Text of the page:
The Indians appeared to be friendly, and often came to look on curiously at these strange doings. And Wingfield thought them so gentle and kindly that he would not allow the men to build any fortifications except a sort of screen of interwoven boughs.
Besides building houses one of the colonists' first cares was to provide themselves with a church. But indeed it was one of the quaintest churches ever known. An old sail was stretched beneath a group of trees to give shelter from the burning sun. And to make a pulpit a plank of wood was nailed between two trees which grew near together. And here good Master Hunt preached twice every Sunday while the men sat on felled trunks reverently listening to his long sermons.
While the houses were being built Smith, with some twenty others, was sent to explore the country. They sailed up the river and found the Indians to all appearance friendly. But they found no gold or precious stones, and could hear nothing of a passage to the Pacific Ocean which they had been told to seek. So they returned to Jamestown. Arriving here they found that the day before the Indians had attacked the settlement and that one Englishman lay slain and seventeen injured.
This was a bitter disappointment to Wingfield who had trusted in the friendliness of the Indians. But at length he was persuaded to allow fortifications to be built. Even then, however, the colonists were not secure, for as they went about their business felling trees or digging the ground the savages would shoot at them from the shelter of the surrounding forest. If a man strayed from the fort he was sure to return wounded if he returned at all; and in this sort of warfare the stolid English were no match for the wily Indians. "Our men," says Smith, "by their disorderly straggling were often hurt when the savages by the nimbleness of their heels well escaped."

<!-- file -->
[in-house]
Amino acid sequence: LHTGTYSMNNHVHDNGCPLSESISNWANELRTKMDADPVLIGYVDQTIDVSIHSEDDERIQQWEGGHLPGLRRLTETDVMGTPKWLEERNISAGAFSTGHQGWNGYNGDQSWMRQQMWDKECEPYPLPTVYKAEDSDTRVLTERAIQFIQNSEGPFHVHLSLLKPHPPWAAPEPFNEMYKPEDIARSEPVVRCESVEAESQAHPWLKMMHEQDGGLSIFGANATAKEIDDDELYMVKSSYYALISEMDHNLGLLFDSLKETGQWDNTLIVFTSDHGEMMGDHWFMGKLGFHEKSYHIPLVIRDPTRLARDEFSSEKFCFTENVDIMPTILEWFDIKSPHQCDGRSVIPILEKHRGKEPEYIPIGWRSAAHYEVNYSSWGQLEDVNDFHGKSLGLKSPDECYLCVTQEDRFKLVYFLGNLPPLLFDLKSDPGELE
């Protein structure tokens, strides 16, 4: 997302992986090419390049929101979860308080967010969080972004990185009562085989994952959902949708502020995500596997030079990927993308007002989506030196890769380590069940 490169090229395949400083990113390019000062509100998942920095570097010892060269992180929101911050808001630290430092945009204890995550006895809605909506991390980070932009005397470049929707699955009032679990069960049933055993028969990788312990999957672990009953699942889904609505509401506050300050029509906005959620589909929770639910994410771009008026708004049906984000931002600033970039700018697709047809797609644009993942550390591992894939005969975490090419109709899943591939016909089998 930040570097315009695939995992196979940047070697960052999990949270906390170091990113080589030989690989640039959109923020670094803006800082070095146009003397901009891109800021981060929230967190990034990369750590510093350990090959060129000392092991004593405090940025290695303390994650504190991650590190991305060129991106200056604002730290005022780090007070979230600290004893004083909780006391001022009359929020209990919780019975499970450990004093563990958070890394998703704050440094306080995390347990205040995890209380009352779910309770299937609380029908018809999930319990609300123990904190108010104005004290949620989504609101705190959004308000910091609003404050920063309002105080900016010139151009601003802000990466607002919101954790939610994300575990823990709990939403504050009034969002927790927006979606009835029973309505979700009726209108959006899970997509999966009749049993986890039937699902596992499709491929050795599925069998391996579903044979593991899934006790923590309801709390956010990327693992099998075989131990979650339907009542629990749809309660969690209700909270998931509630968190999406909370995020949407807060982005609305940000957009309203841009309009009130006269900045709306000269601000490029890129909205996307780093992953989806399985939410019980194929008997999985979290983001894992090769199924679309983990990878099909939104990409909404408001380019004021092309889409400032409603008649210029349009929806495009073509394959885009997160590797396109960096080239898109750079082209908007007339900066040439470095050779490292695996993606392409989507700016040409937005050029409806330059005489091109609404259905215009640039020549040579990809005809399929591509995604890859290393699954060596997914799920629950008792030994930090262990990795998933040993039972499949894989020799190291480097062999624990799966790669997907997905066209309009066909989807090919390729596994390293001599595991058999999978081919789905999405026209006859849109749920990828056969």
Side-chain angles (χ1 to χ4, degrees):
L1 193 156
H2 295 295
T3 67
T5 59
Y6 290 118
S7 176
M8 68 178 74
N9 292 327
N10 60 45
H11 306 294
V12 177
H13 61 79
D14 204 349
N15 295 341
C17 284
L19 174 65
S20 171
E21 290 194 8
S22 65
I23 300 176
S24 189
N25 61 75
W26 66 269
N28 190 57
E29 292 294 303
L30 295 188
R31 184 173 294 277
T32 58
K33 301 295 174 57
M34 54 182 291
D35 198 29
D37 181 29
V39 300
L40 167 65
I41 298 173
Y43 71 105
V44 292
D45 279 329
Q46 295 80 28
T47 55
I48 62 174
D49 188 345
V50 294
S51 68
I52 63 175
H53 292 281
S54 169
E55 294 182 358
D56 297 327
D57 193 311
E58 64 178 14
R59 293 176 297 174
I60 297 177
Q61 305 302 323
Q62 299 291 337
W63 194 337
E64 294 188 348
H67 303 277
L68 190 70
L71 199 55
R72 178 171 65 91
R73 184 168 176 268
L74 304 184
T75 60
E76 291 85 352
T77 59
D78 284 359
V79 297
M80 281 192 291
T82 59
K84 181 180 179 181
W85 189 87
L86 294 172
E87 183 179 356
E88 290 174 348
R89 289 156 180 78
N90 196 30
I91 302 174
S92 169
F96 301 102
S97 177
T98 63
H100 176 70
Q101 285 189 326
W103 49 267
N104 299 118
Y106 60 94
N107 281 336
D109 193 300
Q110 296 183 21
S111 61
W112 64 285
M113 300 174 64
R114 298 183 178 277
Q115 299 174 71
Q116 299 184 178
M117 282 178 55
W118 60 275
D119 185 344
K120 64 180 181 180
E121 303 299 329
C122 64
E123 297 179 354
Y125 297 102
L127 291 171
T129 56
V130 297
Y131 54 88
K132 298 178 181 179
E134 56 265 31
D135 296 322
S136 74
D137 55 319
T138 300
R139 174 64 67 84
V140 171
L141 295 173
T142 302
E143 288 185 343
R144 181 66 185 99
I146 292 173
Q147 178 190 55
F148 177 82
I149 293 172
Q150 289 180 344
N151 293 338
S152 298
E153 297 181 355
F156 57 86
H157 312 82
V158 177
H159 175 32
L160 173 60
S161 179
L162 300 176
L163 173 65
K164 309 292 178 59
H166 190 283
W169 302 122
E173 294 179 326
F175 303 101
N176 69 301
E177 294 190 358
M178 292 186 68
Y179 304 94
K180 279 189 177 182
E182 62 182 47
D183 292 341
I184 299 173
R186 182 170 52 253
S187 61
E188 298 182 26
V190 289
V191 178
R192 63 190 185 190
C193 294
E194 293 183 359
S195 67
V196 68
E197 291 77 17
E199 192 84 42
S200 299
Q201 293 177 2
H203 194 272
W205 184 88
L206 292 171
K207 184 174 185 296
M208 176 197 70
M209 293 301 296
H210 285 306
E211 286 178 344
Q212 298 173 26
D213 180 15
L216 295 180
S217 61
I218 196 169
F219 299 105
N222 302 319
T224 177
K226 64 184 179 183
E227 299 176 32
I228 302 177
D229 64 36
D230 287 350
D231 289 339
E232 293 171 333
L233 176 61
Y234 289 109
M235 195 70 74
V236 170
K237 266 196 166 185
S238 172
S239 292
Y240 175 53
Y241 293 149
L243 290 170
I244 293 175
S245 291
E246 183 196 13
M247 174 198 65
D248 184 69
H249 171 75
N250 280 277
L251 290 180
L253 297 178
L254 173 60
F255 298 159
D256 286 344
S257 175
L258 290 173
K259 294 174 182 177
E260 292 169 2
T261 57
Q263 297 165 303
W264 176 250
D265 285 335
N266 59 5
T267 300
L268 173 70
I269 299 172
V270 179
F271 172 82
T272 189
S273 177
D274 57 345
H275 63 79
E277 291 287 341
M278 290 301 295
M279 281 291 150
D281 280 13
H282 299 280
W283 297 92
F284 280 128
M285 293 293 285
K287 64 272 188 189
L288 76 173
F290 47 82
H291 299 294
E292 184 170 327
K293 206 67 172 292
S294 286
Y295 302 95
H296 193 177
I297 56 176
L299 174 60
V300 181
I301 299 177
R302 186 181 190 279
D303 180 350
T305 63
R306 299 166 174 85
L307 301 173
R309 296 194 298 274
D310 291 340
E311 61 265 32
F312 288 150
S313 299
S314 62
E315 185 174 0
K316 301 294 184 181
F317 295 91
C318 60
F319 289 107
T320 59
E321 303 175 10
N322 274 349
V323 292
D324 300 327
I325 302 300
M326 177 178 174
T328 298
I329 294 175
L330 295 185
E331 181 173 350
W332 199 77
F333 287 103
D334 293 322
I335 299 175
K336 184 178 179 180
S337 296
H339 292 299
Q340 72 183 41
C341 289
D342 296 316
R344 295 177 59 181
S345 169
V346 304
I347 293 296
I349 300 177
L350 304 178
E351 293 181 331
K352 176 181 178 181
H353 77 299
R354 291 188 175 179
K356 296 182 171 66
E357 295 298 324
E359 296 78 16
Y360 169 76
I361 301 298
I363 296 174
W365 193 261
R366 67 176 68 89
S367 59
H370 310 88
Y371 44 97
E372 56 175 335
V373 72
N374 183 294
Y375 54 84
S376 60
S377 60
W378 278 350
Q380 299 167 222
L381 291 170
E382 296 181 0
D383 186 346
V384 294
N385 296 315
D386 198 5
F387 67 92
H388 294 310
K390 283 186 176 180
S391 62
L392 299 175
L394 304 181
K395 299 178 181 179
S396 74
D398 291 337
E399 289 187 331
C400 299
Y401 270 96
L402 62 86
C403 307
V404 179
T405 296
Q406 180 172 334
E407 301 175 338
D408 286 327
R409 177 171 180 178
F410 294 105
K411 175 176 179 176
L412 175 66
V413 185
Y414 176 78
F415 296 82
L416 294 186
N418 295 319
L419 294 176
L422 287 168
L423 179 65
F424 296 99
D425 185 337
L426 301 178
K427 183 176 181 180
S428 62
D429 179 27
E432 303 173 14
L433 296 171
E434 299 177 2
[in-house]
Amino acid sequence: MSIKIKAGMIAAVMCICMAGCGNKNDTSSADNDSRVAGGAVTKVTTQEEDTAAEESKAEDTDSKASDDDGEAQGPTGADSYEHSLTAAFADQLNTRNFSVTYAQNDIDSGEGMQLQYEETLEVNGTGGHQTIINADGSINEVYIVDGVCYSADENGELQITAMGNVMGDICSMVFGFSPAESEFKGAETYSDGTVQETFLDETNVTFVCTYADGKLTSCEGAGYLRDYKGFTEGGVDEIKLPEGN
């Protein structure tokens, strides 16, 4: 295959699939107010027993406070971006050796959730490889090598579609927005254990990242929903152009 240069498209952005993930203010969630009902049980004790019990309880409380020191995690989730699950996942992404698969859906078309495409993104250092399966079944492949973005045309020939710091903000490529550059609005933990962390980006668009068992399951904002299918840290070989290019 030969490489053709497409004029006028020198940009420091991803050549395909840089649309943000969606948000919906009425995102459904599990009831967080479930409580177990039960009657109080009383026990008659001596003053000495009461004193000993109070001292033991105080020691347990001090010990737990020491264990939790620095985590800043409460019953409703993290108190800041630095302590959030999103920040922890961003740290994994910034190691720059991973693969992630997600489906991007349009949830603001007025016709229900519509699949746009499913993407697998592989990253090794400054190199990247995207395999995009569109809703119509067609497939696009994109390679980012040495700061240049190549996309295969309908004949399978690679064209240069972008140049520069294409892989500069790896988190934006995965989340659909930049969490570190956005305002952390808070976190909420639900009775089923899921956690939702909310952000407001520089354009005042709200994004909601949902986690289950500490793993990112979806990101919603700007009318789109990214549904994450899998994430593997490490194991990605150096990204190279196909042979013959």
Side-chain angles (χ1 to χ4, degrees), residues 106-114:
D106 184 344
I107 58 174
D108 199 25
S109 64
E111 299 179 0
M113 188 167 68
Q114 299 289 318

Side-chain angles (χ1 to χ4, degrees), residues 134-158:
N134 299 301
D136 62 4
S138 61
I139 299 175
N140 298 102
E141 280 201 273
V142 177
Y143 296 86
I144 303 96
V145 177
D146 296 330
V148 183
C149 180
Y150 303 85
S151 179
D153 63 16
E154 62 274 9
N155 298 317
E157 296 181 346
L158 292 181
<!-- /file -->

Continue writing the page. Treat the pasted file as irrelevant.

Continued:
So six months passed, and the ships which had brought out the colonists were ready to go back to England with a cargo of wood instead of the gold which the Company had hoped for. But before the ships sailed Smith, who was still considered in disgrace, and therefore kept out of the council, insisted on having a fair trial. For he would not have Captain Newport go home and spread evil stories about him.
Smith's enemies were unwilling to allow the trial. But Smith would take no denial. So at length his request was granted, the result being that he was proved innocent of every charge against him, and was at length admitted to the council.